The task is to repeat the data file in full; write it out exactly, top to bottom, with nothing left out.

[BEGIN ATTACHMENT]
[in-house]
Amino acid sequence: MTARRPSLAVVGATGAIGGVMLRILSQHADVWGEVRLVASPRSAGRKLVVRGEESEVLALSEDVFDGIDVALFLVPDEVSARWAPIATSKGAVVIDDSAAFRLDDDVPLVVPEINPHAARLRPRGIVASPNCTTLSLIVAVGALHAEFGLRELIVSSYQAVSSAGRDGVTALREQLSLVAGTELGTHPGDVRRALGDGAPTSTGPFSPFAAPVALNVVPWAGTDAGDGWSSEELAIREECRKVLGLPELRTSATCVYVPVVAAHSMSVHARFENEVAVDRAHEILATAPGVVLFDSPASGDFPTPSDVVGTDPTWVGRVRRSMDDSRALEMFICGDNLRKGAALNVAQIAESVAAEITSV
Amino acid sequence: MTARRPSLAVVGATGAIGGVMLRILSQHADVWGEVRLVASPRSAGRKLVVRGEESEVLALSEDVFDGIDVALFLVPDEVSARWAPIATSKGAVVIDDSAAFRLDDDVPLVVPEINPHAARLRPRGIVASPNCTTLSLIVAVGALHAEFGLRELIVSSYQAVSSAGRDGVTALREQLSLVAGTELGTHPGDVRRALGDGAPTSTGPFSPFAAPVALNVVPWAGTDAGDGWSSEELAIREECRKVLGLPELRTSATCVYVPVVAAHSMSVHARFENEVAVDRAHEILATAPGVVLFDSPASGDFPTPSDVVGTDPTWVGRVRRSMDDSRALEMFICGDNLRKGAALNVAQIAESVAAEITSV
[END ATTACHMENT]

[in-house]
Amino acid sequence: MTARRPSLAVVGATGAIGGVMLRILSQHADVWGEVRLVASPRSAGRKLVVRGEESEVLALSEDVFDGIDVALFLVPDEVSARWAPIATSKGAVVIDDSAAFRLDDDVPLVVPEINPHAARLRPRGIVASPNCTTLSLIVAVGALHAEFGLRELIVSSYQAVSSAGRDGVTALREQLSLVAGTELGTHPGDVRRALGDGAPTSTGPFSPFAAPVALNVVPWAGTDAGDGWSSEELAIREECRKVLGLPELRTSATCVYVPVVAAHSMSVHARFENEVAVDRAHEILATAPGVVLFDSPASGDFPTPSDVVGTDPTWVGRVRRSMDDSRALEMFICGDNLRKGAALNVAQIAESVAAEITSV
Amino acid sequence: MTARRPSLAVVGATGAIGGVMLRILSQHADVWGEVRLVASPRSAGRKLVVRGEESEVLALSEDVFDGIDVALFLVPDEVSARWAPIATSKGAVVIDDSAAFRLDDDVPLVVPEINPHAARLRPRGIVASPNCTTLSLIVAVGALHAEFGLRELIVSSYQAVSSAGRDGVTALREQLSLVAGTELGTHPGDVRRALGDGAPTSTGPFSPFAAPVALNVVPWAGTDAGDGWSSEELAIREECRKVLGLPELRTSATCVYVPVVAAHSMSVHARFENEVAVDRAHEILATAPGVVLFDSPASGDFPTPSDVVGTDPTWVGRVRRSMDDSRALEMFICGDNLRKGAALNVAQIAESVAAEITSV